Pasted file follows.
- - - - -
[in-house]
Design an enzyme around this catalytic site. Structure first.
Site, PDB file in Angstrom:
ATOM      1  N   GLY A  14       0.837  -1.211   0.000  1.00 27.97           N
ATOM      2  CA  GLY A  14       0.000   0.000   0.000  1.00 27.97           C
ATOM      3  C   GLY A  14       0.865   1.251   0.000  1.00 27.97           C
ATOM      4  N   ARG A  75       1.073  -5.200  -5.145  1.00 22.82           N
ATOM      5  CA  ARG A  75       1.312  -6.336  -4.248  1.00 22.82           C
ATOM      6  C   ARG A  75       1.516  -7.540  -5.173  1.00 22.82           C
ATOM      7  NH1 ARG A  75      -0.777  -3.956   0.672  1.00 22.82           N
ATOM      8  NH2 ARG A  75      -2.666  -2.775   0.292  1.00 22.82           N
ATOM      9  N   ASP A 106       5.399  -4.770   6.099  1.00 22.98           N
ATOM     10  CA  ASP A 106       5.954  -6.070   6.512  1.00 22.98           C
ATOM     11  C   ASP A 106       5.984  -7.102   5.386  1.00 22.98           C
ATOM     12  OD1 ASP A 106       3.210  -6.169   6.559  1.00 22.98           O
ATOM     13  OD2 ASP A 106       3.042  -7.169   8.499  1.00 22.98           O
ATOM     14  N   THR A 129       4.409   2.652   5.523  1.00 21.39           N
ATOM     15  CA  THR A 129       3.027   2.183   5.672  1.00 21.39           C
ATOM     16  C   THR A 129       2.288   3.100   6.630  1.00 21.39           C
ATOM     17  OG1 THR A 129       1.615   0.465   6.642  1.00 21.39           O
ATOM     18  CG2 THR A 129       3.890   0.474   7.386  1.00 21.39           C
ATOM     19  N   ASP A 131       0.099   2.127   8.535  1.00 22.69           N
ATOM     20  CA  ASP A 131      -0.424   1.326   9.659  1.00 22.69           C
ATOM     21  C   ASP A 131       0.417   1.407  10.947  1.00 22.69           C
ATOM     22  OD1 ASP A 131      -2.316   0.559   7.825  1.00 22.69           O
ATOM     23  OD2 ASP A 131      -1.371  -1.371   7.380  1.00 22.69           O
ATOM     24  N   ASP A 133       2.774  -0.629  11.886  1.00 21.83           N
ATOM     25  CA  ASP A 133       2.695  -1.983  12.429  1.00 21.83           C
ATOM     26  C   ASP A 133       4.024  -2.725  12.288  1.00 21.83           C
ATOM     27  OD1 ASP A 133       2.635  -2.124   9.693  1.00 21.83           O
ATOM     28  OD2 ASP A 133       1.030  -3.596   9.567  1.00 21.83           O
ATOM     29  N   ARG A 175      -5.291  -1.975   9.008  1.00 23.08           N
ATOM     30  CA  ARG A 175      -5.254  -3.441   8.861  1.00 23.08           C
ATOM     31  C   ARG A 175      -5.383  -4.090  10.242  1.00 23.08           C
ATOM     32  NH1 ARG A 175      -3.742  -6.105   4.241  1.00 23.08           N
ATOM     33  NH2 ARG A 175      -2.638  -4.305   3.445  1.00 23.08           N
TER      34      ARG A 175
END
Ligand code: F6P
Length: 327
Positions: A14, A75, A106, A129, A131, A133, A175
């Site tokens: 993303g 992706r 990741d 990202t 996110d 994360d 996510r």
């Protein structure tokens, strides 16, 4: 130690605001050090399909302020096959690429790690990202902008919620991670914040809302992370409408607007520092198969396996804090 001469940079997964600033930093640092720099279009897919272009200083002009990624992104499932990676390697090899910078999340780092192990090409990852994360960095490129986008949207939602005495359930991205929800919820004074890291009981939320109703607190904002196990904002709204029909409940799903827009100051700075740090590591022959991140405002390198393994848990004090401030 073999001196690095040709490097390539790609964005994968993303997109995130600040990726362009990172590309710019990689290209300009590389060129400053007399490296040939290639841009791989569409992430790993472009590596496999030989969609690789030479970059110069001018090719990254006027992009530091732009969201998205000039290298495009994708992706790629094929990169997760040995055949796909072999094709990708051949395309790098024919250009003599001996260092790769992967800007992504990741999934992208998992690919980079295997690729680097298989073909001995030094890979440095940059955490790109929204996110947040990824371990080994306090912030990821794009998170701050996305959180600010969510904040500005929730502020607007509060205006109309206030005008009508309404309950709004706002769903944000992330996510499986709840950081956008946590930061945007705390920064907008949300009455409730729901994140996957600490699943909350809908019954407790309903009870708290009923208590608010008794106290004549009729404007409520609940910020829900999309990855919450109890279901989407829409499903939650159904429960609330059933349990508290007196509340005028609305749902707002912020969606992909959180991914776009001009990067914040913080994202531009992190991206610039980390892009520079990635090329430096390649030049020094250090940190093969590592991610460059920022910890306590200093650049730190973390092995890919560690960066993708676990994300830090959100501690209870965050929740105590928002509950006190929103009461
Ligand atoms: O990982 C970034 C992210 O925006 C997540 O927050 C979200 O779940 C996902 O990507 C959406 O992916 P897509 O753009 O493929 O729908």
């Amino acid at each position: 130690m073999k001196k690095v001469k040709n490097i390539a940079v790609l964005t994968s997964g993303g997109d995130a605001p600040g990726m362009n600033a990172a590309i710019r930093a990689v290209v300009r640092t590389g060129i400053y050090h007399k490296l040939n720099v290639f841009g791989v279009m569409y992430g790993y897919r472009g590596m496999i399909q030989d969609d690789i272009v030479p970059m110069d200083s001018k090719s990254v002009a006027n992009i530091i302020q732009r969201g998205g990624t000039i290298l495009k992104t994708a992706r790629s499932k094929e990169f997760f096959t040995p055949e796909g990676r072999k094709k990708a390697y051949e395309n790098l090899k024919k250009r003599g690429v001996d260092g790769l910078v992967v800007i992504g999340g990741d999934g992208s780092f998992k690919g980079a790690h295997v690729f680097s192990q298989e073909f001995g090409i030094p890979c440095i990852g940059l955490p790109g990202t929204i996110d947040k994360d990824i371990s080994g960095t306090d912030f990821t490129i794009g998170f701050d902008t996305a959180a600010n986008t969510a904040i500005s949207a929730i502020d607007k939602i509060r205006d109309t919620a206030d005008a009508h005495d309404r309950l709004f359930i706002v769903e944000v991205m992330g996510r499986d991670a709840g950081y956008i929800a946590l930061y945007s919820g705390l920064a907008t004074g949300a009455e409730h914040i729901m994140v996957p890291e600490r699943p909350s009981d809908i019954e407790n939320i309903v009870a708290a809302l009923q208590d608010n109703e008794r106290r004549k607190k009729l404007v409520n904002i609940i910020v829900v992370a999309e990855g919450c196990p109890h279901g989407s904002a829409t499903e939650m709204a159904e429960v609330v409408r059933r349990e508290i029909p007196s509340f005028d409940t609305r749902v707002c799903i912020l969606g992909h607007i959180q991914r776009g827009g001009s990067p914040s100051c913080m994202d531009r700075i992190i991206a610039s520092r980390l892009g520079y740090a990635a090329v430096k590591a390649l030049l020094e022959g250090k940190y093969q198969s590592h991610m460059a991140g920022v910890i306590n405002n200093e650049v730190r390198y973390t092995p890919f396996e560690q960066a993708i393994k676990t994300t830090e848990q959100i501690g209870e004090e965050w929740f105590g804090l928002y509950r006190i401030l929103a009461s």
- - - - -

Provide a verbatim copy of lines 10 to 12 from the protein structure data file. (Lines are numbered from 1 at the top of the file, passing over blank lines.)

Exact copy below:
ATOM      7  NH1 ARG A  75      -0.777  -3.956   0.672  1.00 22.82           N
ATOM      8  NH2 ARG A  75      -2.666  -2.775   0.292  1.00 22.82           N
ATOM      9  N   ASP A 106       5.399  -4.770   6.099  1.00 22.98           N